Choosing the correct type of helmet
Most sources will tell you to buy the most expensive helmet you can afford. This is true up to a point i.e. certainly do not spend less than R1500-00 (150 USD) and make sure that the helmet is safety approved for your country e.g. DOT. However the main difference between a helmet costing R1800-00 and one costing R3500-00 is that of weight. The more expensive one offers similar protection, but with less weight and, perhaps more comfort and, maybe less wind noise.
• Full face and Motorcross helmets protect the facial region as well as the head, in particular the jaw.
• Three quarters, Motorcross and cruiser helmets leave the face area open and thus a pair of goggles is needed to keep dust out of the eyes.
• A Flip up helmet is a full face where the chin guard can be pushed right up exposing the face.
At maximum speeds a fixed, full face helmet is the only option. Beside the obvious protection they offer, they keep icy wind out and prevent flying bugs, bees etc from entering the helmet. When travelling in excess of 100kph, flying insects can only be described mini scud missiles.
One of the major advantages of the flip-up design is for people who wear glasses - a flip up is just a lot easier. It also offers convenience when stopping briefly e.g. for petrol. You can get some fresh air and can communicate without having to take the whole helmet off. (This is important when talking to traffic officers!). The disadvantages are an increase in price, weight and wind noise level. They are also not as watertight during a downpour and the hinges are prone to wear.
Choose a helmet that offers a variety of ways to ventilate your head and face - you need it on hot, summer days.
Zany-wacky coloured helmets are very cool but not half as visible as a pure white one. (Most accidents happen when a driver does not see the motorcyclist.)
Is is common to see riders who use a cruiser helmet (generally the Harley crowd) wearing a bandanna over the face to give some measure of protection against insects and sunburn. Most cruiser owners who sport a cruiser helmet on Sundays have a full face helmet as well for the longer rides.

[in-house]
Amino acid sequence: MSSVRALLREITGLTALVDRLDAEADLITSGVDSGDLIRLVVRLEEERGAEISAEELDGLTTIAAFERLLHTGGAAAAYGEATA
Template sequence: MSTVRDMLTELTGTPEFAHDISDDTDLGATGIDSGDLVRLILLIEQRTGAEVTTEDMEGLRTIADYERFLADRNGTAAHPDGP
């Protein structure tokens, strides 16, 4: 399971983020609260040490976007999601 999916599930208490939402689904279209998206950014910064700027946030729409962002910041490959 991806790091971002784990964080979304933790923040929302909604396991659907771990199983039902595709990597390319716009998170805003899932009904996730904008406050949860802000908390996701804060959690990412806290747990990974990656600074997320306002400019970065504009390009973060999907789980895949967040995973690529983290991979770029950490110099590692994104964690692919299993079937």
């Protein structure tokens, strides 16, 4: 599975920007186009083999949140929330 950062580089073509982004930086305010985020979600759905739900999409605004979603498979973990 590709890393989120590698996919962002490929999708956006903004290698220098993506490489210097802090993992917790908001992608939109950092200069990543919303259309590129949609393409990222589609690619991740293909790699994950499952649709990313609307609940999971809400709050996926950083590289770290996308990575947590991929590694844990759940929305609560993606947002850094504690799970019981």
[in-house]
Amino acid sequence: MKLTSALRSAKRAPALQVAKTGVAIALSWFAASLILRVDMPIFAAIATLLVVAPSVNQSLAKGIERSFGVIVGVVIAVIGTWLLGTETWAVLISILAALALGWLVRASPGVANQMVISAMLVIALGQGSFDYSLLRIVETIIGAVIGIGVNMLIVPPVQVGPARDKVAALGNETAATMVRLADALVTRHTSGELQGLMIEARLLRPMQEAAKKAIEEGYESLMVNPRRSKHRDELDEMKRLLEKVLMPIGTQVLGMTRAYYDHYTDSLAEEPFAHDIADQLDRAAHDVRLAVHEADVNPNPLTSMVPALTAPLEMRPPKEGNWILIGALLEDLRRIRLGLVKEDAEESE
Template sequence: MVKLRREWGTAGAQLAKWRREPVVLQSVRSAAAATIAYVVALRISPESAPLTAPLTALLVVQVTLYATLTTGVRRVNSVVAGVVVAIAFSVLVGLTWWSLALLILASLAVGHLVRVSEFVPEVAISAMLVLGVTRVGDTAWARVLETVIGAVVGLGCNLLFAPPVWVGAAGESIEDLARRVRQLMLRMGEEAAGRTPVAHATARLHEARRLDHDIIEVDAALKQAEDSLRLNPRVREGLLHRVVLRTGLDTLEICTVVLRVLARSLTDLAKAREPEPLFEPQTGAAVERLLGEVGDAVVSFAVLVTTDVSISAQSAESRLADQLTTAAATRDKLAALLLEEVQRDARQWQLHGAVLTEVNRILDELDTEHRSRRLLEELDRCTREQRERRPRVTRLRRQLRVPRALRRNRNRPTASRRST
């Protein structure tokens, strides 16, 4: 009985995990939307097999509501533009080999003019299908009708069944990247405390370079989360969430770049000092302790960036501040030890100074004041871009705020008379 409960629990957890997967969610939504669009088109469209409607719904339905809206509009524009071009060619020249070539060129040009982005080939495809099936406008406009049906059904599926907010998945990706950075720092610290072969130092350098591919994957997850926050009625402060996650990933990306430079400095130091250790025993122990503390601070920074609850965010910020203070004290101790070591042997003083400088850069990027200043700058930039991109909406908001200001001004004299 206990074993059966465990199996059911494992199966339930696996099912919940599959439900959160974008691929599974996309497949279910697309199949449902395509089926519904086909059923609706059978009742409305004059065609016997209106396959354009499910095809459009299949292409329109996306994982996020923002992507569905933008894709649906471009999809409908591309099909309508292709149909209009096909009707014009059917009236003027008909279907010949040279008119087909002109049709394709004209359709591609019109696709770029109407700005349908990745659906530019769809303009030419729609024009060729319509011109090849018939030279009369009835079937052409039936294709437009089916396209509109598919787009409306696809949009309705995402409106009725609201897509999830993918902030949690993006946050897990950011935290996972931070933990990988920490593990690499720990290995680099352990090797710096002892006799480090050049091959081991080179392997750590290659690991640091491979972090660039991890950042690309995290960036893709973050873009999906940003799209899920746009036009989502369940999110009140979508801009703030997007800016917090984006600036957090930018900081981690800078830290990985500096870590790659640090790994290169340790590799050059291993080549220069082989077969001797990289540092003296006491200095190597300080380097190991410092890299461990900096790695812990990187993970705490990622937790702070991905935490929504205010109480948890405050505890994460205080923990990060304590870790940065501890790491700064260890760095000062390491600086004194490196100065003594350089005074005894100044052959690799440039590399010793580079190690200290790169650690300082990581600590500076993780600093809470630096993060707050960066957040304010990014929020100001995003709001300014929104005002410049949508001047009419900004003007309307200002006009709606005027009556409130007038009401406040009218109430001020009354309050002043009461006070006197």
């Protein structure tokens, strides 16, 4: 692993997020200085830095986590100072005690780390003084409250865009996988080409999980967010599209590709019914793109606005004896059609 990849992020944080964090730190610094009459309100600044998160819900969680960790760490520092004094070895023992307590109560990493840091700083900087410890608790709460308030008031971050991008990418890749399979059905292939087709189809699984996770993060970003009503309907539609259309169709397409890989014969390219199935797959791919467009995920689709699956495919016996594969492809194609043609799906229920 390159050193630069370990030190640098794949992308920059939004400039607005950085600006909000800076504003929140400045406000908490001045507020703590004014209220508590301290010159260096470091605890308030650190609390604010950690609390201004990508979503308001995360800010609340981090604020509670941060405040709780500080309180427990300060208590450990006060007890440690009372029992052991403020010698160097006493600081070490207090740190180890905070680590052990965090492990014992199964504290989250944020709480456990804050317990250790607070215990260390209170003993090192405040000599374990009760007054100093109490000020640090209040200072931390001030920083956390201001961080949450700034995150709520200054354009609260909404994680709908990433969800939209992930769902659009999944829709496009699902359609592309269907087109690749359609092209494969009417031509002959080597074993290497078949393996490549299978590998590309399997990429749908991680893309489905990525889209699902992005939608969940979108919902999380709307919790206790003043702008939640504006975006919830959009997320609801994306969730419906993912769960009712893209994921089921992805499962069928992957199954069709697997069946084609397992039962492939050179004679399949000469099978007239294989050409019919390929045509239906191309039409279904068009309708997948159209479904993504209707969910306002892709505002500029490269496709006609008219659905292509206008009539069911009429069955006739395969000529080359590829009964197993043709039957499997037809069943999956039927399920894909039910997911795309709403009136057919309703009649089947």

If you own a helmet where your face is exposed you must use sun block during the summer months.
Finding the correct size of helmet
A correctly fitting new helmet will have the following attributes once on.
1) As you initially pull it on it will feel much too small. Use the chin straps to pull the sides of the helmet apart as you pull (not slip!) it on.
2) Once on, it will still feel a bit too small. People new to biking will naturally want to choose a helmet one size too big as they are unaccustomed to the closed-in sensation. This sensation will go away!!
3) Once on, grasp the helmet with both hands and try to move it side to side and up and down. Your skin should move with the helmet.
4) A correctly fitted helmet will start directly above the eyebrows.
5) Secure the chin strap. Leave the helmet on for a least 5 minutes in order to feel for excessive pressure at particular points. A well fitting helmet should place even pressure throughout. In the shop you may feel claustrophobic doing this. Don’t worry! this sensation will probably vanish once you are on the road.
6) The soft inner of the helmet will mould to your head and face over time - this is why it is important to choose a snug fit when you purchase it.
7) Try on a number of different makes as each have their own particular idiosyncrasies - just like the shape of your head. There are basic dimension differences between European, American and Japanese heads - there are reasons for this but we won’t go there!!
Examples Of Helmets
Bell full face helmet (Fixed)
Note the very smooth lines. This type of helmet is the only choice for high speed bikers.
Bell Motorcross (MX)
Helmet. Note the very aggressive jaw protection. Choose this type only if most of your travelling is less than 120kph on dirt roads.
Bell cruiser helmet (beanie helmet) This attitude cruiser helmet is usually only used for short distances.
Shoei Flip up full face helmet